Autumn Meditation By the Dresser ( 妝台秋思 ) – Traditional, arranged by Du, Ci Wen
Charlie Lui (dadi)
Growing up in a musical family, Charlie Lui studied the cello under his father Ki Ling Lui (呂其嶺) since 1988. However, in 1995, his interest in Chinese music took over, and the dizi (Chinese bamboo flute) became his primary focus.
Charlie moved to Vancouver with his family in 1996 and started to study the dizi intensively with Mr. Jian Ming Pan (潘建明). In 2000, he traveled to China to study with dizi virtuoso Mr. Wei-Yu Tan (譚謂裕), professor of Shanghai Conservatory of Music. Charlie has won multiple awards at the Kiwanis Music Competition in Vancouver.
In addition to the dizi, Charlie masters a wide range of Chinese wind instruments, including modified chi-ba, xiao, xun, koudi, paixiao, bawu, and hulusi.
Charlie is the principal dizi player and general director of the BC Chinese Music Orchestra, the largest Chinese music organization in North America.
As a soloist, Charlie has performed numerous dizi concerti: 鷓鴣飛、江南春、牧民新歌、秦川抒懷、山村迎親人.Charlie is also a member of the Vancouver Inter-Cultural Orchestra. In 2008, Charlie co-founded Pentatonics with a number of young Chinese instrumentalists to perform a unique repertoire of original and lively renditions of Chinese, fusion and popular music. Charlie has performed on a number of CDs, including Vancouver Inter-Cultural Orchestra’s “Imaged Worlds” (2010) and composer Jin Zhang’s (張進 Canada) “Tracing“ (2008). In 2011, he premiered concerto grosso “Tsu-ur Song” (潮歌) by Dr. Ning Wang (王寧) with the Nu: BC and the BC Chinese Music Ensemble in a Canada-China collaboration. Charlie performed Steve Chatman’s “Earth Songs” with the Vancouver Symphony Orchestra on Oct 22 & 23, 2011.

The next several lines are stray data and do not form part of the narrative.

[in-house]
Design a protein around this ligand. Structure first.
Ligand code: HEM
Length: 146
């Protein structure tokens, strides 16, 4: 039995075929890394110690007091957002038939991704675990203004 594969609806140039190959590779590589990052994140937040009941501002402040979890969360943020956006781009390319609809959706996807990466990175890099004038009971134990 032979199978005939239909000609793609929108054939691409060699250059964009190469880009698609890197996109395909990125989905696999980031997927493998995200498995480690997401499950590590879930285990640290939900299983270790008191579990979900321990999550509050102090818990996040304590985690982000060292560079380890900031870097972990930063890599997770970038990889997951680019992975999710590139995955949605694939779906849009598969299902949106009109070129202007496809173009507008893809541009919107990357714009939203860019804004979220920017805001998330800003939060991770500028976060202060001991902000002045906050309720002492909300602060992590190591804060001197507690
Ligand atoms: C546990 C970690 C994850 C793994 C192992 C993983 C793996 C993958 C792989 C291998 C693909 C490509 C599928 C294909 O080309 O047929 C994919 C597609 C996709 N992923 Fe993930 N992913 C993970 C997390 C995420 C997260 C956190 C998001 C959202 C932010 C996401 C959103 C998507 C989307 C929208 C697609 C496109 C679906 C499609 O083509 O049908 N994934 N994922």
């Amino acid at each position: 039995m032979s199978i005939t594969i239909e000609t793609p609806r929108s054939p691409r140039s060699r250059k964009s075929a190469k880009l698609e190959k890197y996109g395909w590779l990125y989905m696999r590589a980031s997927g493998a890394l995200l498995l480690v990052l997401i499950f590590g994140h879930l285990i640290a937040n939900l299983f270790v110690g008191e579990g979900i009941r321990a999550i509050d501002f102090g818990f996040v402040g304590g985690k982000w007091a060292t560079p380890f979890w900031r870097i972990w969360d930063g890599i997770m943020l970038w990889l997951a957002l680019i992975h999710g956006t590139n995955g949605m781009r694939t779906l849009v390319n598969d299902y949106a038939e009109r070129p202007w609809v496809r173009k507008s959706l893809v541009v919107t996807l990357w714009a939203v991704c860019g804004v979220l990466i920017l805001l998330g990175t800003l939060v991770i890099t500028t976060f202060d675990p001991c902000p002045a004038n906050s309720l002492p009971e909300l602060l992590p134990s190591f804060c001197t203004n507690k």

About the Instrument
Dadi: a member of the dizi family of Chinese bamboo transverse flutes – a bamboo flute with a membrane covering one hole to create an increase in resonance and a typical ‘buzzing’ quality. It is really a renaissance flute with a membrane. There are 6 playing holes. The speaking length is determined by blocking the pipe at both ends. There is extra pipe material, which is just aesthetic – this extra length does not affect the speaking length. Since the dizi is mainly a diatonic-major-scale instrument, with very few accidentals playable, they come in many different lengths to accommodate the different keys that a piece of music calls for (for e.g, Charlie Lui plays two different variations in this Festival series, with the lower-pitched one referred to as a dadi).
About the Music
This piece tells the Han dynasty story of Wang Zhaojun, a young bride of royal descent, whose husband takes her away to the Far North. She stands at her dresser in a mountain fortress, yearning for her home. Autumn Meditation is part of a traditional piece called Songs From the Border Fortress, which was originally written for pipa, and was arranged for dizi and guzheng in the 19th century.
Video Production Credits
Director of Photography – Kerry Phillips
Gaffer / B Camera – Yong Jin Kim
Audio Engineer & Mix – Sheldon Zaharko
All additional photography – Kerry Phillips
Filmed and recorded on July 27, 2020 at Pyatt Hall (VSO School of Music) in Vancouver, British Columbia, Canada.
For the Vancouver Inter-Cultural Orchestra:
Global Soundscapes Festival Producer – Mark Armanini
Senior Project Manager – Farshid Samandari